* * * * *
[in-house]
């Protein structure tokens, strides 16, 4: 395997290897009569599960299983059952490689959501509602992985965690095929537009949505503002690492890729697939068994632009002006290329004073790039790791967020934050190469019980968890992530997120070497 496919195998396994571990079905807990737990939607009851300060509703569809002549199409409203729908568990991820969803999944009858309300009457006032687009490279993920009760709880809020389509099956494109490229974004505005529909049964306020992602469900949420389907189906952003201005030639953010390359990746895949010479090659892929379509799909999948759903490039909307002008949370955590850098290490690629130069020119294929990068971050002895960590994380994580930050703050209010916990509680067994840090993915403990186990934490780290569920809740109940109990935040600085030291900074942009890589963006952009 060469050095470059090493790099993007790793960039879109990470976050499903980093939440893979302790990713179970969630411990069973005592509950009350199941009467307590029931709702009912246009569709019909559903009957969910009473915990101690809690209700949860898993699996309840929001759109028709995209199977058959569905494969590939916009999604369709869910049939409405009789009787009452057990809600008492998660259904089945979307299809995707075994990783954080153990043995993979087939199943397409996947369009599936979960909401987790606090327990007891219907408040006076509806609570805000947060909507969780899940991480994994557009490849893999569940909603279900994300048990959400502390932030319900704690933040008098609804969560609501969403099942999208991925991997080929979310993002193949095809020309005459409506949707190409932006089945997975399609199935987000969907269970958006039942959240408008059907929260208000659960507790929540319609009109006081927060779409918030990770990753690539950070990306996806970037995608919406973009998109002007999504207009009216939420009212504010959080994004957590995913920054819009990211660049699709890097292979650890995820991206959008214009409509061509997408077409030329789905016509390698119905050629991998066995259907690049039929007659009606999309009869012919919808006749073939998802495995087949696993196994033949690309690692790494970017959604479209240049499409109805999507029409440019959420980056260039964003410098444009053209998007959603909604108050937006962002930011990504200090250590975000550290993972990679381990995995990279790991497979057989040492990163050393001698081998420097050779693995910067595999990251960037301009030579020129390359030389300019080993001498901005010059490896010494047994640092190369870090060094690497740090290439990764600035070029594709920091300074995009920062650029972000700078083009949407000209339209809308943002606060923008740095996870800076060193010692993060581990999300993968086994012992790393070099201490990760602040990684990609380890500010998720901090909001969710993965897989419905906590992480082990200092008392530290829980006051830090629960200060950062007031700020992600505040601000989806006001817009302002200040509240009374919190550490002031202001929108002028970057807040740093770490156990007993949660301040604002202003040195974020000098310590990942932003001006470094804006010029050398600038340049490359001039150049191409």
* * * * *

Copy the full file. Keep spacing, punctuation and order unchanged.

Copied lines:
[in-house]
């Protein structure tokens, strides 16, 4: 395997290897009569599960299983059952490689959501509602992985965690095929537009949505503002690492890729697939068994632009002006290329004073790039790791967020934050190469019980968890992530997120070497 496919195998396994571990079905807990737990939607009851300060509703569809002549199409409203729908568990991820969803999944009858309300009457006032687009490279993920009760709880809020389509099956494109490229974004505005529909049964306020992602469900949420389907189906952003201005030639953010390359990746895949010479090659892929379509799909999948759903490039909307002008949370955590850098290490690629130069020119294929990068971050002895960590994380994580930050703050209010916990509680067994840090993915403990186990934490780290569920809740109940109990935040600085030291900074942009890589963006952009 060469050095470059090493790099993007790793960039879109990470976050499903980093939440893979302790990713179970969630411990069973005592509950009350199941009467307590029931709702009912246009569709019909559903009957969910009473915990101690809690209700949860898993699996309840929001759109028709995209199977058959569905494969590939916009999604369709869910049939409405009789009787009452057990809600008492998660259904089945979307299809995707075994990783954080153990043995993979087939199943397409996947369009599936979960909401987790606090327990007891219907408040006076509806609570805000947060909507969780899940991480994994557009490849893999569940909603279900994300048990959400502390932030319900704690933040008098609804969560609501969403099942999208991925991997080929979310993002193949095809020309005459409506949707190409932006089945997975399609199935987000969907269970958006039942959240408008059907929260208000659960507790929540319609009109006081927060779409918030990770990753690539950070990306996806970037995608919406973009998109002007999504207009009216939420009212504010959080994004957590995913920054819009990211660049699709890097292979650890995820991206959008214009409509061509997408077409030329789905016509390698119905050629991998066995259907690049039929007659009606999309009869012919919808006749073939998802495995087949696993196994033949690309690692790494970017959604479209240049499409109805999507029409440019959420980056260039964003410098444009053209998007959603909604108050937006962002930011990504200090250590975000550290993972990679381990995995990279790991497979057989040492990163050393001698081998420097050779693995910067595999990251960037301009030579020129390359030389300019080993001498901005010059490896010494047994640092190369870090060094690497740090290439990764600035070029594709920091300074995009920062650029972000700078083009949407000209339209809308943002606060923008740095996870800076060193010692993060581990999300993968086994012992790393070099201490990760602040990684990609380890500010998720901090909001969710993965897989419905906590992480082990200092008392530290829980006051830090629960200060950062007031700020992600505040601000989806006001817009302002200040509240009374919190550490002031202001929108002028970057807040740093770490156990007993949660301040604002202003040195974020000098310590990942932003001006470094804006010029050398600038340049490359001039150049191409």